Sometimes, I Wish…

Sometimes, I wish I could write the kind of bland, unexciting, generic stuff that lines the shelves of libraries and bookstores.

Here’s one about the women in a book club, or a knitting club, or a writing group.  Two sisters open a cupcake shop or an art gallery, or three sisters take a holiday in Ireland or Italy and find romance.  Lifelong friends weather what life throws at them:  cancer, cheating husbands, wayward kids.

Seriously?  When I have an idea like that, I think to myself, “No one would ever buy this.”

Apparently, I am mistaken.

Sadly, I do not have the stomach of steel required to write such a book before dying of boredom.

A character-driven story that meanders around for a couple hundred pages, heads to a climactic event and resolves itself in a neat and tidy ending.  No big words.  A stereotypical character or two:  a driven career woman who “learns what’s important;” a homemaker who “finds her true path;” a handsome cad; a “good guy” in flannel shirts and workboots.  A little humor, a little romance, a little self-doubt…  

Have I put you to sleep yet?  But the shelves are teeming with these books.

I could draw on my experience as a divorce lawyer and write about a woman in her 40s who starts divorce proceedings because she’s “not happy” (by far the most common reason I heard), fools around with another man, and then discovers that what she really needs to do is quit being selfish and honor the commitment that she made. 

No one would ever buy that.

At least they shouldn’t.

It would probably be a flippin’ best seller.

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11 Responses to Sometimes, I Wish…

  1. arielkprice says:

    Hm. I commiserate with you. I often start a story and then stop because I’m 100% sure it will end up boring. But then I never end up with a finished product. I’m trying to push through, write what I want to write, finish it, and not worry about whether others like it. Maybe not a good plan for someone trying to make their living off writing. I guess it just depends on one’s purpose in writing. Good luck and I encourage you to keep going! Maybe one of your “boring” ideas will actually be great.

    • write what I want to write, finish it, and not worry about whether others like it.”

      That’s exactly the issue, isn’t it? Do you write what you want, even if it’s esoteric and obscure, knowing no one will want to read it but you, or do you write something marketable? But how do you define marketable? And by the time you’ve polished it enough to sell, will it still be marketable? If I started writing a vampire book today, I can guarantee that no one would want to buy it by the time I finished it. And Jane Austen spin-offs, and so on, and so on… So what does it mean to you? It all comes back to writing what you want to write. And dealing with the fact that it may be very hard to find the right place for it in the market. I’m feeling better already. 🙂

  2. mabelgygi says:

    The books you describe are some of the reasons that I like borrow my book club’s selections from the library. I don’t want to spend money on books that are trite, boring, and don’t teach me any “big words”! On the other hand, some of those simple books are what I call “airplane” books (ones which can be read on a single airplane ride), and, they, too, can be entertaining. Oh, the dilemma.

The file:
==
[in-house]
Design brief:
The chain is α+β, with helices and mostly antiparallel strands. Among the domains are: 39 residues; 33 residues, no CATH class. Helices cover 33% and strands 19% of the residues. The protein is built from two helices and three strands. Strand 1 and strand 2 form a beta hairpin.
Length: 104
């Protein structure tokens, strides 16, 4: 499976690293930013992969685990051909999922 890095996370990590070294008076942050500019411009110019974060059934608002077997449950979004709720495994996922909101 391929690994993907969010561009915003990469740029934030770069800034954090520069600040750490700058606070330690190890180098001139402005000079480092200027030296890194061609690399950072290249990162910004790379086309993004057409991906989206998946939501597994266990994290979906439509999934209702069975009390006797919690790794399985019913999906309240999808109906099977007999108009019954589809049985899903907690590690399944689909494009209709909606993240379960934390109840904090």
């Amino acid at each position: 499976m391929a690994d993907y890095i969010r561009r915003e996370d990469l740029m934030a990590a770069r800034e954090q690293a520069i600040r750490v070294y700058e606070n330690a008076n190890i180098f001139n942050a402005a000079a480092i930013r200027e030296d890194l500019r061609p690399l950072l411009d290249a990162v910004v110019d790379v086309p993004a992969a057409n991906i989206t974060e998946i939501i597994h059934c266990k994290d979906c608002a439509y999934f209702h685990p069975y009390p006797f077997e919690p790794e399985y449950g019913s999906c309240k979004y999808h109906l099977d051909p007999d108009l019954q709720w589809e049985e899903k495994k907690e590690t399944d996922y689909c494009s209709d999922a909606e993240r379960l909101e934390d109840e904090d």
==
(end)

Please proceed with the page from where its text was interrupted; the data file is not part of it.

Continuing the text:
3. It is frustrating! But keep working on your own thing. I think it’s possible to find something vaguely marketable that is also the kind of writing you want to do. It only takes one successful book to change all the editors minds.

  4. In the end, you’re right. That’s all we can do. (I did say “sometimes…”) 🙂

  5. I read this post and laughed. Passive aggressive much?

    I wish I could write the kind of bland, unexciting, generic stuff that lines the shelves of libraries and bookstores.

    But you, poor thing, can only write vivid, exciting, original stuff that is a brilliant rarity in libraries and bookstores.

    I can only direct you to the tv trope, Cursed with Awesome:

  6. Snarky much? But if you think I’m passive-aggressive, you should meet my family.
    Having read your blog, Canary, I don’t think you’re disagreeing with me as you certainly seem to have been Cursed With Awesome. 🙂 Thanks for stopping by.

    • Cursed with Awesome? Nah, I’ve never complained about my feathery state! Chirp, and keep writing. 🙂

      • Even the Most Awesome One had bad days:

        When in disgrace with Fortune and men’s eyes
        I all alone beweep my outcast state,
        And trouble deaf heaven with my bootless cries,
        And look upon myself and curse my fate,
        Wishing me like to one more rich in hope,
        Featur’d like him, like him with friends possess’d,
        Desiring this man’s art, and that man’s scope,
        With what I most enjoy [writing] contented least…

        Sonnet 29

  7. Nisha says:

    These are the books that end up on Oprah’s Book club and are then made into movies…*sigh*
    I think the reason these boring books are so popular is because people do in fact live very formualic lives.
    Writers often write about what they know or what they are familiar with. Off the top of my head, I can think of 4 women I know who are miserable in their marriages (That number would be higher if they were’nt divorced already!) and I wouldn’t be surprised if they are having affairs or are attracted to other men. So you see its not the books that you find boring, its everybody else’s life! Ha Ha! I jest…

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